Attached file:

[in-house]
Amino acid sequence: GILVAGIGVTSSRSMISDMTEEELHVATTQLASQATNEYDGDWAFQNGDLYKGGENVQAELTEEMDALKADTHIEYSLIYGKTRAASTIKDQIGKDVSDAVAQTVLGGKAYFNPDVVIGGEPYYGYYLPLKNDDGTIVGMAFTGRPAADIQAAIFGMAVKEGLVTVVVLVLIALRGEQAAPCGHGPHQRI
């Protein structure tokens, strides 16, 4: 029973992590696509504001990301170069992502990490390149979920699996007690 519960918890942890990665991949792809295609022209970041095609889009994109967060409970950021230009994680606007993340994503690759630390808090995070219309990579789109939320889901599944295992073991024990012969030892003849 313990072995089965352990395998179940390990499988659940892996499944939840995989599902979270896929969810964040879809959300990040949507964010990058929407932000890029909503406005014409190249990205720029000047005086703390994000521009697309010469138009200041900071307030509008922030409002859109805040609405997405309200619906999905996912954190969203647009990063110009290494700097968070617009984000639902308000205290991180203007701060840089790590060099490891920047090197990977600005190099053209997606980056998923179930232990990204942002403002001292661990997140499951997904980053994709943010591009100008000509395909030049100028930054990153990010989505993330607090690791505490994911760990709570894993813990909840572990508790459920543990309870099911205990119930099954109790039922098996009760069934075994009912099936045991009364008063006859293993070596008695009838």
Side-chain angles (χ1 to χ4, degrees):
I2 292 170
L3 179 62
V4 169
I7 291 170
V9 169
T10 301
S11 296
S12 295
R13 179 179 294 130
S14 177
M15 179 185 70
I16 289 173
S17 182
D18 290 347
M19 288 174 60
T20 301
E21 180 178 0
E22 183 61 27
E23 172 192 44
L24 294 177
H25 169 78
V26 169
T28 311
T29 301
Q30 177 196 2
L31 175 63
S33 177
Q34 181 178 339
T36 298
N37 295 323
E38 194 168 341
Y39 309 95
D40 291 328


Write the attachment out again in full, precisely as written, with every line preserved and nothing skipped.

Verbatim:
[in-house]
Amino acid sequence: GILVAGIGVTSSRSMISDMTEEELHVATTQLASQATNEYDGDWAFQNGDLYKGGENVQAELTEEMDALKADTHIEYSLIYGKTRAASTIKDQIGKDVSDAVAQTVLGGKAYFNPDVVIGGEPYYGYYLPLKNDDGTIVGMAFTGRPAADIQAAIFGMAVKEGLVTVVVLVLIALRGEQAAPCGHGPHQRI
């Protein structure tokens, strides 16, 4: 029973992590696509504001990301170069992502990490390149979920699996007690 519960918890942890990665991949792809295609022209970041095609889009994109967060409970950021230009994680606007993340994503690759630390808090995070219309990579789109939320889901599944295992073991024990012969030892003849 313990072995089965352990395998179940390990499988659940892996499944939840995989599902979270896929969810964040879809959300990040949507964010990058929407932000890029909503406005014409190249990205720029000047005086703390994000521009697309010469138009200041900071307030509008922030409002859109805040609405997405309200619906999905996912954190969203647009990063110009290494700097968070617009984000639902308000205290991180203007701060840089790590060099490891920047090197990977600005190099053209997606980056998923179930232990990204942002403002001292661990997140499951997904980053994709943010591009100008000509395909030049100028930054990153990010989505993330607090690791505490994911760990709570894993813990909840572990508790459920543990309870099911205990119930099954109790039922098996009760069934075994009912099936045991009364008063006859293993070596008695009838």
Side-chain angles (χ1 to χ4, degrees):
I2 292 170
L3 179 62
V4 169
I7 291 170
V9 169
T10 301
S11 296
S12 295
R13 179 179 294 130
S14 177
M15 179 185 70
I16 289 173
S17 182
D18 290 347
M19 288 174 60
T20 301
E21 180 178 0
E22 183 61 27
E23 172 192 44
L24 294 177
H25 169 78
V26 169
T28 311
T29 301
Q30 177 196 2
L31 175 63
S33 177
Q34 181 178 339
T36 298
N37 295 323
E38 194 168 341
Y39 309 95
D40 291 328